“A New Brain” Brings Laughter to a Health Crisis

The high-energy musical barrels ahead at the Artistry with huge notes but not-so-great writing
Mr. Bungee (Bradley Greenwald) makes an unwelcome visit to Gordon Schwinn (Riley McNutt) in the hospital room
In Artistry’s “A New Brain,” Mr. Bungee (Bradley Greenwald) makes an unwelcome visit to Gordon Schwinn (Riley McNutt) in the hospital room.

Devon Cox

Most people baby boomers or younger have a favorite children’s TV show they remember fondly. My suite includes Sesame Street (particularly Elmo’s World), Zoboomafoo, Out of the Box, PB&J Otter, and Arthur. (I didn’t make the transition to Nickelodeon until after making my home at PBS Kids and Disney Channel Jr.) For the hypothetical kids in A New Brain, now playing through November 9 at the Artistry, they have a television show hosted by Mr. Bungee, a talking, singing frog.

While the kids may love Mr. Bungee’s encouraging songs and his dapper outfit (thanks to resident costume designer Ed Gleeman), his songwriter, Gordon (played by Riley McNutt) certainly does not. His talent is being wasted on writing songs about spring and saying yes and all sorts of mindless optimistic drabble. When Gordon goes to have lunch with his friend Rhoda (Caitlin Burns), he begins hallucinating about the giant frog and ends up face down in his meal. The rest of the musical largely takes place in the hospital as he and his loved ones cope with his mortality. Luckily, resident scenic designer Rick Polenek keeps the stage from feeling too sterile with the smart use of a white background that flickers in colors of the rainbow, and for better or worse, the songwriting ranges from blase to too-high-strung-to-be-vulnerable at its most downtrodden.

A Dichotomy of Comparisons

The best songs of the musical are back to back, “Family History” and “And They’re Off”—although you have to give Richard, the nice nurse (Evan Tyler Wilson), props for his pipes on “Poor, Unsuccessful, and Fat.” The first one is full of laughs and the second repurposes the refrain throughout the song with some help from Heidi Spesard-Noble’s choreography, telling the story in a way I wish more of the songs did.

the full cast of "A New Brain"
The full cast of “A New Brain” at the Artistry

Devon Cox

If you’ve ever seen the musical episode of Scrubs, A New Brain is that except up a few shots of espresso, down a few good song lyrics and jokes, but the same “I’m a musical!” feel, which isn’t a bad thing. Oh, and in place of Turk, JD, and the gang to help the sick, we have two nurses, a doctor, and somewhat inexplicably, a very present minister and a homeless woman in addition to friends and family.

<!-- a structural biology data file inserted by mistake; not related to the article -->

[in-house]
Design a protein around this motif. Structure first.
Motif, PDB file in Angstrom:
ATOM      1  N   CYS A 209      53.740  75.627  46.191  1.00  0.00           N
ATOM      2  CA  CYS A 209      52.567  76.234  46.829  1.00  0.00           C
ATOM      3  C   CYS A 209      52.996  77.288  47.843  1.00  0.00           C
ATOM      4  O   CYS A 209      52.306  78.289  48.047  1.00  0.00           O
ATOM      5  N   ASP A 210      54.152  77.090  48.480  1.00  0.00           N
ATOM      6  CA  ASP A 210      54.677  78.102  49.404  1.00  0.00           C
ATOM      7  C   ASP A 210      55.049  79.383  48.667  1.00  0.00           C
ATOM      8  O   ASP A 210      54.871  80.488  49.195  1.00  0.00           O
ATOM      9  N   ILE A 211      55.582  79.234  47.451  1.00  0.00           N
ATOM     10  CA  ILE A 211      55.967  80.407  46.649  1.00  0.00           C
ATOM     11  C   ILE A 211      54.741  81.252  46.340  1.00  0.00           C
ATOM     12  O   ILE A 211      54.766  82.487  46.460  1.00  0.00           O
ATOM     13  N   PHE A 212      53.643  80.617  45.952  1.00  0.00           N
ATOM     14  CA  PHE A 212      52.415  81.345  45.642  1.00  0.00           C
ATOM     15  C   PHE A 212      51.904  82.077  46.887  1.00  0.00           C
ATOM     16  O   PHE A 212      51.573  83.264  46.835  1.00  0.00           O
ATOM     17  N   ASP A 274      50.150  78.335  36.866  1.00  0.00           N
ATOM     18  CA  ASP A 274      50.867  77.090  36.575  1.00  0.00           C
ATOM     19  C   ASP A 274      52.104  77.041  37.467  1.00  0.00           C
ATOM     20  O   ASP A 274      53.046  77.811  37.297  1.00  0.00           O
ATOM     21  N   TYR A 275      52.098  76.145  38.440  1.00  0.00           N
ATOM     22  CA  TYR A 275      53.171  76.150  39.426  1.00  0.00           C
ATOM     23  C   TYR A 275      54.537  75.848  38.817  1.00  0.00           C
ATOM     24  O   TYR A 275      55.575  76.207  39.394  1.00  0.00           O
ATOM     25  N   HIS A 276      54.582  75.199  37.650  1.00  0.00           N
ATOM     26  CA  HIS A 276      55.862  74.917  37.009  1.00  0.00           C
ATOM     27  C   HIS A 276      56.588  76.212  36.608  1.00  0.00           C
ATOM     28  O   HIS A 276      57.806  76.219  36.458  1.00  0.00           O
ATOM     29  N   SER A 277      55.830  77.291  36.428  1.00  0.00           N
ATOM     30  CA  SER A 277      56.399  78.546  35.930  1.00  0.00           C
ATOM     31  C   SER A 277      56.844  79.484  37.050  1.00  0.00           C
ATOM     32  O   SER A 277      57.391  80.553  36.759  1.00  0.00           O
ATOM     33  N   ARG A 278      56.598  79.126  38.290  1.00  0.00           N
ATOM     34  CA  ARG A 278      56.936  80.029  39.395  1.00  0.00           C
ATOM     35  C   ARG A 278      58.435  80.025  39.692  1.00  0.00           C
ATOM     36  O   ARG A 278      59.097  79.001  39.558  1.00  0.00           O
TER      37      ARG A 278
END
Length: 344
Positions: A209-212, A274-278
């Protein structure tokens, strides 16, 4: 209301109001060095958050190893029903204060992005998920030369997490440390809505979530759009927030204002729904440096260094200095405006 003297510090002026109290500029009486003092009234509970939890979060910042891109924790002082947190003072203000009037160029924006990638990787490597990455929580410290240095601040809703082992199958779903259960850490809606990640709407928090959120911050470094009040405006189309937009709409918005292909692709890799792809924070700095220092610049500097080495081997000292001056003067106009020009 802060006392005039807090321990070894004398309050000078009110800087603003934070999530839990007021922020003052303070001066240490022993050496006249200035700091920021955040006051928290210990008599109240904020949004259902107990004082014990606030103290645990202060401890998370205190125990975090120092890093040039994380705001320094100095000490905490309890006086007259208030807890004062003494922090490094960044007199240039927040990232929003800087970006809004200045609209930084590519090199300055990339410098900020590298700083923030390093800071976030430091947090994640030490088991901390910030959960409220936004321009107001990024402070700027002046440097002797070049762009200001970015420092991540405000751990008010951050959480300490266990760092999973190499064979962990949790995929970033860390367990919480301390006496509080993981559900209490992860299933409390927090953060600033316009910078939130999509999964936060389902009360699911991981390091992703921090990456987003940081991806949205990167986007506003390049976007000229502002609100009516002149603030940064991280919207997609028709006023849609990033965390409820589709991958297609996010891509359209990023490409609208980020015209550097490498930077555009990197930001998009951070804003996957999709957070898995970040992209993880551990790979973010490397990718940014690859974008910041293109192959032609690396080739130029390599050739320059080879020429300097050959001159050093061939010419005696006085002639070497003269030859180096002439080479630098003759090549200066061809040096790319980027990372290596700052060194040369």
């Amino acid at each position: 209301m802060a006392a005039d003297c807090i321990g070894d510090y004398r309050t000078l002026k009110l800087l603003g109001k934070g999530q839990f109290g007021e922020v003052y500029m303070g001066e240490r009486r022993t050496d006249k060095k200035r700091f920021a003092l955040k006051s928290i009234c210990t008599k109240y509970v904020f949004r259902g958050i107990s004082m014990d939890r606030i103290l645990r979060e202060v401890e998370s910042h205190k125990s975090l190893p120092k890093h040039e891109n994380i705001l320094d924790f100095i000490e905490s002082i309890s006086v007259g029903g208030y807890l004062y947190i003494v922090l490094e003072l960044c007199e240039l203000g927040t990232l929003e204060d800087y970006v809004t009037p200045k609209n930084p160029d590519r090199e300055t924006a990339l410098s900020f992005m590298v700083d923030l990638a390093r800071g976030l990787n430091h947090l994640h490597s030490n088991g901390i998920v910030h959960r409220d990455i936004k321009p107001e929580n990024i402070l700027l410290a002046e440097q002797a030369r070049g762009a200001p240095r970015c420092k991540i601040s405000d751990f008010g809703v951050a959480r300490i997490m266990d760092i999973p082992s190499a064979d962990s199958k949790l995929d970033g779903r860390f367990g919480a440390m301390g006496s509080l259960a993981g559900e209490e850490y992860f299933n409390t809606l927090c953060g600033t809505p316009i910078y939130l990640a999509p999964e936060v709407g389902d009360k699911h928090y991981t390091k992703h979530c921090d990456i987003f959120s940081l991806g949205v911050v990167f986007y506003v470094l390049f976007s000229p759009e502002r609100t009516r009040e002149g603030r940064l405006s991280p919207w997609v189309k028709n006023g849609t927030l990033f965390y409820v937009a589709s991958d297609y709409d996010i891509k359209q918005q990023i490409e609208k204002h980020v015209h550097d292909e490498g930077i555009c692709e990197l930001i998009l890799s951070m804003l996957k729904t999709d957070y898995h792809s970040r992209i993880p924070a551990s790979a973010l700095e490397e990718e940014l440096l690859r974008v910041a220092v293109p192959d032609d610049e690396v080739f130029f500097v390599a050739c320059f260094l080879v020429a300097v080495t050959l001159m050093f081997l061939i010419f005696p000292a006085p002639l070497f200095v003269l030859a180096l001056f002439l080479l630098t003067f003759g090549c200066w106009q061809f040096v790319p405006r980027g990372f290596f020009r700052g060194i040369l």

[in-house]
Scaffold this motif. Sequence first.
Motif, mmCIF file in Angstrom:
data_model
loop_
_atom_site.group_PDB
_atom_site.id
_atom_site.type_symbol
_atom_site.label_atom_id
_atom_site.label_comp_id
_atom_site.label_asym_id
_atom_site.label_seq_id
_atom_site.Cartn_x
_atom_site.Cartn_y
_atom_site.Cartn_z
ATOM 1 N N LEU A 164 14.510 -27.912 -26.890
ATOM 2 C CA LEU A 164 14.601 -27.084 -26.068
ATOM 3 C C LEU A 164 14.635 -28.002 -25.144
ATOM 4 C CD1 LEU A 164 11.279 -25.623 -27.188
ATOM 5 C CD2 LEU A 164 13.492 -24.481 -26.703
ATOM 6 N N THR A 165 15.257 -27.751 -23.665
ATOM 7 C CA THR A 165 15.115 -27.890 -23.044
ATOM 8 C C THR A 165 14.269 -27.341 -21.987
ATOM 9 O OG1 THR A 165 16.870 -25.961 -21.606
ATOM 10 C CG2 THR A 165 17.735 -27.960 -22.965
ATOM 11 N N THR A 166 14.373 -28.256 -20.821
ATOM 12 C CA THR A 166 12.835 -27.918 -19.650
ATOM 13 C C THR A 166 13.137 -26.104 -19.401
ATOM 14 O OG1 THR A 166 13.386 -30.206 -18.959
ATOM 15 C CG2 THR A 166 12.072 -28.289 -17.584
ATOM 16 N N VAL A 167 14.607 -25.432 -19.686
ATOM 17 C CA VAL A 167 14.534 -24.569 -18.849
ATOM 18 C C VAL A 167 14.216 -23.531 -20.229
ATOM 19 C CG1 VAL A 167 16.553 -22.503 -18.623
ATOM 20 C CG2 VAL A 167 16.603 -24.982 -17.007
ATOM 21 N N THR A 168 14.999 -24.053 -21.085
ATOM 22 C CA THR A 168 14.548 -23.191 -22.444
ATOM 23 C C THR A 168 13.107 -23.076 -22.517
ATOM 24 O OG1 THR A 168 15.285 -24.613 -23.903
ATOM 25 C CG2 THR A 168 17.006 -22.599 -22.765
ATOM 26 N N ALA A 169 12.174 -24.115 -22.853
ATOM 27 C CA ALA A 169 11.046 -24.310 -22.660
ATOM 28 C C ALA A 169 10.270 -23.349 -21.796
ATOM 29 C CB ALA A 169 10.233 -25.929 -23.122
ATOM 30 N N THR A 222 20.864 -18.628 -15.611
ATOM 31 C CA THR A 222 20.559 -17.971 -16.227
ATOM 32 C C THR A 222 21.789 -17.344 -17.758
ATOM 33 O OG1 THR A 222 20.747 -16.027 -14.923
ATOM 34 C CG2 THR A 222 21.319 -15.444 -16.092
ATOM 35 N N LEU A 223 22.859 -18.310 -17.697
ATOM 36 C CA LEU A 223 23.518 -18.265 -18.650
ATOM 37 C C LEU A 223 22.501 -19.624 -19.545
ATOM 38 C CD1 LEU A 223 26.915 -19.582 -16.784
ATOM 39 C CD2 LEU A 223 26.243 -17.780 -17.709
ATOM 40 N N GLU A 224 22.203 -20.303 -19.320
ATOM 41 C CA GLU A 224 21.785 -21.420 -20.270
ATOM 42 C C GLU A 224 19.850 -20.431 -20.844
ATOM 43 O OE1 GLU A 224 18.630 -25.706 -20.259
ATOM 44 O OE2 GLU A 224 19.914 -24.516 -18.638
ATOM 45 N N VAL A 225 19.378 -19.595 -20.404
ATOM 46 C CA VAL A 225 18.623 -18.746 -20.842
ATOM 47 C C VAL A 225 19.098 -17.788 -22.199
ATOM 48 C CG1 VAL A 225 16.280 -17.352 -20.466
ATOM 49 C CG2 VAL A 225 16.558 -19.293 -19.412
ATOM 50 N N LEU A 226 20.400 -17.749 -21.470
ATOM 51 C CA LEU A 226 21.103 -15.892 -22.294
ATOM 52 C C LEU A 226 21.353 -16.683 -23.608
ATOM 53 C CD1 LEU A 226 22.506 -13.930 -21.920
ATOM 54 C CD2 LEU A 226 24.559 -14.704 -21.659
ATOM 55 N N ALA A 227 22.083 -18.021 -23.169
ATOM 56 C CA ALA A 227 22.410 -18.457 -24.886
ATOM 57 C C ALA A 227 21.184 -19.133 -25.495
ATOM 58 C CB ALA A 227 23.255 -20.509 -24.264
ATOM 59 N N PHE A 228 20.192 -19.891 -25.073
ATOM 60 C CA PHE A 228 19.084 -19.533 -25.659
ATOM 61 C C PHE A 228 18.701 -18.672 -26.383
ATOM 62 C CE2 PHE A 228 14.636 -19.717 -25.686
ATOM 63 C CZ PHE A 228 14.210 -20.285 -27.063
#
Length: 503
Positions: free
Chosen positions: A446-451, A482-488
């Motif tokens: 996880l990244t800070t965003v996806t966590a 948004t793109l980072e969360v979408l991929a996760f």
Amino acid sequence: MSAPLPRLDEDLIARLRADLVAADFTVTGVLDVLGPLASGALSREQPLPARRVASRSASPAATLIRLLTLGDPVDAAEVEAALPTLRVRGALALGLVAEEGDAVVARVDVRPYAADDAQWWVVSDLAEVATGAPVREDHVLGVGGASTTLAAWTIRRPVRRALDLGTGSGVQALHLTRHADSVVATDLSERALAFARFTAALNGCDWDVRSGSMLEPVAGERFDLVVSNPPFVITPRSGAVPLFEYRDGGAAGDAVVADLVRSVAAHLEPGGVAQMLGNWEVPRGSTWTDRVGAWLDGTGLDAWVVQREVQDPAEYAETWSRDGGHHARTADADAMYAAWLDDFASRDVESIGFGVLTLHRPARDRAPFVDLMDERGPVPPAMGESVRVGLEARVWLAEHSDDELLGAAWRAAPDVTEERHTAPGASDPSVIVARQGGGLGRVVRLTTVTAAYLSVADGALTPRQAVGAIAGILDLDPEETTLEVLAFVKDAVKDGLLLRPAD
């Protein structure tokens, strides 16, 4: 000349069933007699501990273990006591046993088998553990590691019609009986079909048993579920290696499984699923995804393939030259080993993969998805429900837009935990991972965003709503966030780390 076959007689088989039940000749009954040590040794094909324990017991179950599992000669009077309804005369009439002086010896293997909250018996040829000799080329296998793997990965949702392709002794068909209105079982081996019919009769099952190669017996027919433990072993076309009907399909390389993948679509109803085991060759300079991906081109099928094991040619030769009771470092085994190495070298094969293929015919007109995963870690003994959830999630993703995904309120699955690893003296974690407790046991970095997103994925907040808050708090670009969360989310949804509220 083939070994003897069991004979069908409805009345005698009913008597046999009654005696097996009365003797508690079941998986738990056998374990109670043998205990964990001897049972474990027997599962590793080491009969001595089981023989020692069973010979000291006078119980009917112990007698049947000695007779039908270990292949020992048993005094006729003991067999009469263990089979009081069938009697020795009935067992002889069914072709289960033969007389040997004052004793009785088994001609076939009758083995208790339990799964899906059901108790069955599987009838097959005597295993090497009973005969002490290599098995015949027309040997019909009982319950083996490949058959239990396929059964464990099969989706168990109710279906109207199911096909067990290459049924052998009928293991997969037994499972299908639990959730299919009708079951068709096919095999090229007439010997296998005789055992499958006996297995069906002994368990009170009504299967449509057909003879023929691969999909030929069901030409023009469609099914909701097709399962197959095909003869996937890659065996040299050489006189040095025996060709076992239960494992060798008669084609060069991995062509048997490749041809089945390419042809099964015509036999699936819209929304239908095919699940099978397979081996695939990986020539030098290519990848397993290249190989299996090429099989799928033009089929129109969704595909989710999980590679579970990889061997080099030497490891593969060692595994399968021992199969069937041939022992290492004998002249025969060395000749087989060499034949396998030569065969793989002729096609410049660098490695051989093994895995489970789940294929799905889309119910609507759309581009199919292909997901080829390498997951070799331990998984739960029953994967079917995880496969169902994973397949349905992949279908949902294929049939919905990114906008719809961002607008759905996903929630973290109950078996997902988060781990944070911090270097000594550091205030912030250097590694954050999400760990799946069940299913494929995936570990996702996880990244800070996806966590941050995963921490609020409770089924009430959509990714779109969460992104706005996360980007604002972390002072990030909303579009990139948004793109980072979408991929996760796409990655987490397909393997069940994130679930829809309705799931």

The musical also reminded me of a memory play, thanks to the Guthrie’s Glass Menagerie. Tennessee Williams based much of the story on his own life, and for A New Brain, composer, lyricist, and co-writer William Finn (Falsettos) was inspired by his own experiences after suffering the same brain disorder as the protagonist. Whereas the Guthrie’s character exaggeration was most seen on Amanda Wingfield’s mile-a-minute character, James Lapine and Finn’s book (and Ben McGovern’s direction) did it to everyone. Plus, you know, the frustrated artist trope runs rampant in both works.

Bring on the Songs

Perhaps these vastly different comparisons to A New Brain hint to the show’s problem: Instead of being able to appreciate Mary Palazzolo’s powerhouse solo or the prince charming-esque voice of C. Ryan Shipley (Gordon’s boyfriend) with McNutt’s harmony above it, the audience has to work to justify the musical itself. At times, the songs feel caught in between Les Miserables‘ strung together words and traditional rhythm structures, miss the target on everyday dialogue, and sprint through the beginning to drag out the end.

But, and I can’t say this enough, the cast and orchestra (led by resident music director Anita Ruth) are spectacular. They make you want to like the show, and they perform it really, really well. I just wish that I could see the actors in their past roles instead: McNutt’s role in Artistry’s Les Mis as Marius, Shipley’s role as Don Lockwood in the Artistry’s Singing in the Rain, Jen Burleigh-Bentz’s role as Tanya on Broadway’s Mamma Mia! (With how well she sold “Throw It Out,” I bet she directs that energy to the perfect amount of sauciness in “Does Your Mother Know?”)

The premise of A New Brain promises what is often the golden trifecta in a theater production: wit, heart, and a bit of whimsy. Everything is executed as best as it can be, but it’s the original music, lyrics, and book that let the team down. A New Brain misses the mark in its writing—for me. I’m sure there are people who disagree. So if and when you see it, let us know your thoughts. It might just turn out that I’m the one who needs “a new brain.”

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